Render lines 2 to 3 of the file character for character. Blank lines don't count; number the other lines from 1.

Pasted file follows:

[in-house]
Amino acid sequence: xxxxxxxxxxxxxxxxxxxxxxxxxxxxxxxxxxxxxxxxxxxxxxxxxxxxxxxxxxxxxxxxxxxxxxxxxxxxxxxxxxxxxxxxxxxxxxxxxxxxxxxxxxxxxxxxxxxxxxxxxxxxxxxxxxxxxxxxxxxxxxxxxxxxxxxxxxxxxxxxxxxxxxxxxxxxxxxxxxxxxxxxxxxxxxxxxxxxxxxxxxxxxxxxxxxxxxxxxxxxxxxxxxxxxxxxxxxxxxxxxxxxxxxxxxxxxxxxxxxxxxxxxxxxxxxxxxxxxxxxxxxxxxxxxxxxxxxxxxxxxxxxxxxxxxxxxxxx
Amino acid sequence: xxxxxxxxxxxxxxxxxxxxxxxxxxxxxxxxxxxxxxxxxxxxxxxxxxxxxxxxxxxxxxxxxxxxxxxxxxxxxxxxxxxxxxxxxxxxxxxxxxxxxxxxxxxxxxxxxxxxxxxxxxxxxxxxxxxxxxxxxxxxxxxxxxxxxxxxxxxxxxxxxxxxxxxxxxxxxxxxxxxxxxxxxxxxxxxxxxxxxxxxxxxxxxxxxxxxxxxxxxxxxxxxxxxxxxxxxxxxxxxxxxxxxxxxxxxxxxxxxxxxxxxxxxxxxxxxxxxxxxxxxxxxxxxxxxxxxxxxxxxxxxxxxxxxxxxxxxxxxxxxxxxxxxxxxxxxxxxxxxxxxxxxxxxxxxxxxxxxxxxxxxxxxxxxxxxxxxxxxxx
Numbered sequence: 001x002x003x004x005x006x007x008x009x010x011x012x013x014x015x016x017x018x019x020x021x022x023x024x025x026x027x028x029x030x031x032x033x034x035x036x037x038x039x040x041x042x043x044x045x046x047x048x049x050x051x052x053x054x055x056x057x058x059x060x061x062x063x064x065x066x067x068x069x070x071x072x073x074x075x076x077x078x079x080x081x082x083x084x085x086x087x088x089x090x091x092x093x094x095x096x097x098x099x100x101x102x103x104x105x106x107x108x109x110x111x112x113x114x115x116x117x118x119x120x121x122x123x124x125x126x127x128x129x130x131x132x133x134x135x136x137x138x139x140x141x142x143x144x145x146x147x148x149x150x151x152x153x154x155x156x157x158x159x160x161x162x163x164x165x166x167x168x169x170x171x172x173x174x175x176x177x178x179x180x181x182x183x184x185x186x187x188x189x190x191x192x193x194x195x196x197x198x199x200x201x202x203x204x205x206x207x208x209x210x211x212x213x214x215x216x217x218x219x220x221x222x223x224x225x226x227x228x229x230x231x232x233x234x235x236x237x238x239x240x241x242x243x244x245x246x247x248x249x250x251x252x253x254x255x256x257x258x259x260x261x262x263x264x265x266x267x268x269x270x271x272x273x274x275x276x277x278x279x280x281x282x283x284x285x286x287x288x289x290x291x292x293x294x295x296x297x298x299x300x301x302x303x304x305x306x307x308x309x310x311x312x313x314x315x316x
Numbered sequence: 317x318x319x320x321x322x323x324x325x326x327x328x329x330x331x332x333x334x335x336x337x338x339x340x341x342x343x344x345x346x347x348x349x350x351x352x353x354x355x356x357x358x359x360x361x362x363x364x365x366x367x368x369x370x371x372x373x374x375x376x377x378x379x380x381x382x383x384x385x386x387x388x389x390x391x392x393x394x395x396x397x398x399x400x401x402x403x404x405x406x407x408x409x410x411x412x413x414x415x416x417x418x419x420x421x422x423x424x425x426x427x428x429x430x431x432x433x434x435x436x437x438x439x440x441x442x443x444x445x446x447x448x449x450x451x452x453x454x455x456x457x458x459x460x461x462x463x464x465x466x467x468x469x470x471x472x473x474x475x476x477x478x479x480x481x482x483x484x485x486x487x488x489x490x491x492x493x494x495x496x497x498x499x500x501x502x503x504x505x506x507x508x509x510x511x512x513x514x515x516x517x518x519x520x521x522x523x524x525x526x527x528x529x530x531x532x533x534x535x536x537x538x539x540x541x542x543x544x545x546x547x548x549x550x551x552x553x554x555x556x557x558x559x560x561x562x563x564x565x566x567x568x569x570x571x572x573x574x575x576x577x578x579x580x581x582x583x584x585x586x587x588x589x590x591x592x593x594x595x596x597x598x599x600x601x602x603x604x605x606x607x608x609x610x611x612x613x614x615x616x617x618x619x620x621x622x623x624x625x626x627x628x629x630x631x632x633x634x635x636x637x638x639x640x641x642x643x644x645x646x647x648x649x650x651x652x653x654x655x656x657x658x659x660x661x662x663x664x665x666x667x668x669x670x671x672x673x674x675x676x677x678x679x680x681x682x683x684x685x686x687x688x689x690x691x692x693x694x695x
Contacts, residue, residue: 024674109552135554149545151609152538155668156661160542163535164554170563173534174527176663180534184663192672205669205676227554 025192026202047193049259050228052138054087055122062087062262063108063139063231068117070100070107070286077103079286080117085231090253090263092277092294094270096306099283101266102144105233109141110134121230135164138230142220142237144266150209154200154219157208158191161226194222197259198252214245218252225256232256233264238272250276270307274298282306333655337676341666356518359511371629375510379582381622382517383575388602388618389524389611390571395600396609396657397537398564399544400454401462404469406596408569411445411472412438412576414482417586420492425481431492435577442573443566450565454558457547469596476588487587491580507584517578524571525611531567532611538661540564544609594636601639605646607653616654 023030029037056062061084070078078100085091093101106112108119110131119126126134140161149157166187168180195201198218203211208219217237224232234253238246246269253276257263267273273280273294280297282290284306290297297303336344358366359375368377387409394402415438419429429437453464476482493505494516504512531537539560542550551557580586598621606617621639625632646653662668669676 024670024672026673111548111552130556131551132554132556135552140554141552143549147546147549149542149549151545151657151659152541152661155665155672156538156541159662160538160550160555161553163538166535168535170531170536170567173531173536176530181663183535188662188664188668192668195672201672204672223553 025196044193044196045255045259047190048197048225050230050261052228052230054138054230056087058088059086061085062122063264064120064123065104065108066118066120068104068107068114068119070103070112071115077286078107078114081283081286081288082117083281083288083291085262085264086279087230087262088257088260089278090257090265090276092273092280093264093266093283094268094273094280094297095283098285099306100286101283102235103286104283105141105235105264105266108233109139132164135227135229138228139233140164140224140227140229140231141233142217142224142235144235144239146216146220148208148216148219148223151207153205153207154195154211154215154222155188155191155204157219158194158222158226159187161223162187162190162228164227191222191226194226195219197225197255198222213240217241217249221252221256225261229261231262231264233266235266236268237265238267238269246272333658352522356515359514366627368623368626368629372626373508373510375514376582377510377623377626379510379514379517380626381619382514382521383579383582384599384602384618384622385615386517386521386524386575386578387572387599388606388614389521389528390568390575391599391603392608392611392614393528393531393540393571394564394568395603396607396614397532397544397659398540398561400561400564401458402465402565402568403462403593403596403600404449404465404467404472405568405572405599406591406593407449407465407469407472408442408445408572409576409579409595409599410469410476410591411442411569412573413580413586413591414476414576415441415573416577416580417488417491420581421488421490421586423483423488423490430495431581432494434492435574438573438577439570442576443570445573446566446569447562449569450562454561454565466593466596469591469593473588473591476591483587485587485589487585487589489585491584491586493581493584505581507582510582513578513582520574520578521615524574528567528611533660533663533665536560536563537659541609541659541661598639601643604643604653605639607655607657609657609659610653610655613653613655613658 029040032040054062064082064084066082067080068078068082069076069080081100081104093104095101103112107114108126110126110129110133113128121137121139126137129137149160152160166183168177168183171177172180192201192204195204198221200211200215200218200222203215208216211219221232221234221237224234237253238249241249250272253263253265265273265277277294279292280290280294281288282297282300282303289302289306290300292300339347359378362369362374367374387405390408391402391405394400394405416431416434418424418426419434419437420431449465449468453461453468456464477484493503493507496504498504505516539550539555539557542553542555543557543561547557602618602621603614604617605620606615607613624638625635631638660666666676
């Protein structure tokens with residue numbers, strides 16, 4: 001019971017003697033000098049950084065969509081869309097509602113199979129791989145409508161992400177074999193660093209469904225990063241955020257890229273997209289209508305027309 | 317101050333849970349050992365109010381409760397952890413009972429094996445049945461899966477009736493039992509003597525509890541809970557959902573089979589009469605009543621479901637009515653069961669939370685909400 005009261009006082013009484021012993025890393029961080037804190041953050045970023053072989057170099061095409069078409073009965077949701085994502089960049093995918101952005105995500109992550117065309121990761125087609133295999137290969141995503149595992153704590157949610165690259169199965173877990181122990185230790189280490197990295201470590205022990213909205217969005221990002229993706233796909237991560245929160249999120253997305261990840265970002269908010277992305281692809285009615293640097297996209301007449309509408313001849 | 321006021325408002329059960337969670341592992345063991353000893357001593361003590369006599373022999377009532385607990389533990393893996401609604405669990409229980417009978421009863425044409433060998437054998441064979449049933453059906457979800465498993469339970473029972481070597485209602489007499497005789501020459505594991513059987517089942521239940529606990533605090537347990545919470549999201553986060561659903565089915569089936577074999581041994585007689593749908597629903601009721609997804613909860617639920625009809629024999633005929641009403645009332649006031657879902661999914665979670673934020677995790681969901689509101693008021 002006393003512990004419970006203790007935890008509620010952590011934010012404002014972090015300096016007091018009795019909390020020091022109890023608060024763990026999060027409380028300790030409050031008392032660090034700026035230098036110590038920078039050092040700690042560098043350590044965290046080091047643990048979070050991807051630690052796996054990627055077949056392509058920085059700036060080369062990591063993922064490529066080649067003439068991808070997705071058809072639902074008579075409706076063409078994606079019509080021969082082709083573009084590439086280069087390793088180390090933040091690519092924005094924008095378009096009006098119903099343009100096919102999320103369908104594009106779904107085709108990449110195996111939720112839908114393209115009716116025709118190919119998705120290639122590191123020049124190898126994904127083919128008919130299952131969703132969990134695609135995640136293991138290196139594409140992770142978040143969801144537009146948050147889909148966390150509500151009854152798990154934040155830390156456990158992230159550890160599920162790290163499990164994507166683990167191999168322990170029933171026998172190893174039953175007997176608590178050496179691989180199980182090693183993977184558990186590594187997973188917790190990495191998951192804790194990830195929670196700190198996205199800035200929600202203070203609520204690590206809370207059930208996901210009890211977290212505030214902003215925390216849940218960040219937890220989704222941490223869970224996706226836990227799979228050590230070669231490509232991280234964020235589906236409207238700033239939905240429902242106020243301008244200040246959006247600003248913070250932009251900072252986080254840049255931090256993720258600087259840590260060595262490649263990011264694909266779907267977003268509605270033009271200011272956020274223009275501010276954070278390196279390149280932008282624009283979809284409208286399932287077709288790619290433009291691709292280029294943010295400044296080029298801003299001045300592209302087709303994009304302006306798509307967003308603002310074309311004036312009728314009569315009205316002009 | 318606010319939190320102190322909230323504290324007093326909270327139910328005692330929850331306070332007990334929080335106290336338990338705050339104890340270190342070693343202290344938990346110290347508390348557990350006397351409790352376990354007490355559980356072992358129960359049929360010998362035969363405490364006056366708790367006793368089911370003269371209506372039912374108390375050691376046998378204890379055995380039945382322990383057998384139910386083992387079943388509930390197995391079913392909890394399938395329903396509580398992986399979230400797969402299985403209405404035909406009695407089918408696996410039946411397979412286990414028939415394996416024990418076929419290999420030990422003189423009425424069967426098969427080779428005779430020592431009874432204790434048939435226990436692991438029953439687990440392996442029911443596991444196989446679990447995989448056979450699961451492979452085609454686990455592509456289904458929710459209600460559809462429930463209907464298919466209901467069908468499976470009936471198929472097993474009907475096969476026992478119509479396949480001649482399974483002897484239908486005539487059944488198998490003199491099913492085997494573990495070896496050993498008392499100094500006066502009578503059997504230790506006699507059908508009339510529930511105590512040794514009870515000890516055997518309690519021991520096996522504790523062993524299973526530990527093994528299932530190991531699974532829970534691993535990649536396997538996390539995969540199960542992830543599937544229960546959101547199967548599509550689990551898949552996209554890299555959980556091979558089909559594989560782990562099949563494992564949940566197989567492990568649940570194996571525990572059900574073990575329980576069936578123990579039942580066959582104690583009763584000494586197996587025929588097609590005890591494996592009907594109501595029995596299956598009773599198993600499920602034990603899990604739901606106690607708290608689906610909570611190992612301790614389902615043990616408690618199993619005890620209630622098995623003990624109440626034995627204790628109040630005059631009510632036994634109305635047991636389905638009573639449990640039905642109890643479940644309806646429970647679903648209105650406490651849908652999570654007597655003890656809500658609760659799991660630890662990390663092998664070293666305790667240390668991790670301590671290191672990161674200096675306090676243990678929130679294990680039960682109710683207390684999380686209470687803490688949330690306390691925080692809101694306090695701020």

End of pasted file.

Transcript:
Amino acid sequence: xxxxxxxxxxxxxxxxxxxxxxxxxxxxxxxxxxxxxxxxxxxxxxxxxxxxxxxxxxxxxxxxxxxxxxxxxxxxxxxxxxxxxxxxxxxxxxxxxxxxxxxxxxxxxxxxxxxxxxxxxxxxxxxxxxxxxxxxxxxxxxxxxxxxxxxxxxxxxxxxxxxxxxxxxxxxxxxxxxxxxxxxxxxxxxxxxxxxxxxxxxxxxxxxxxxxxxxxxxxxxxxxxxxxxxxxxxxxxxxxxxxxxxxxxxxxxxxxxxxxxxxxxxxxxxxxxxxxxxxxxxxxxxxxxxxxxxxxxxxxxxxxxxxxxxxxxxxx
Amino acid sequence: xxxxxxxxxxxxxxxxxxxxxxxxxxxxxxxxxxxxxxxxxxxxxxxxxxxxxxxxxxxxxxxxxxxxxxxxxxxxxxxxxxxxxxxxxxxxxxxxxxxxxxxxxxxxxxxxxxxxxxxxxxxxxxxxxxxxxxxxxxxxxxxxxxxxxxxxxxxxxxxxxxxxxxxxxxxxxxxxxxxxxxxxxxxxxxxxxxxxxxxxxxxxxxxxxxxxxxxxxxxxxxxxxxxxxxxxxxxxxxxxxxxxxxxxxxxxxxxxxxxxxxxxxxxxxxxxxxxxxxxxxxxxxxxxxxxxxxxxxxxxxxxxxxxxxxxxxxxxxxxxxxxxxxxxxxxxxxxxxxxxxxxxxxxxxxxxxxxxxxxxxxxxxxxxxxxxxxxxxxx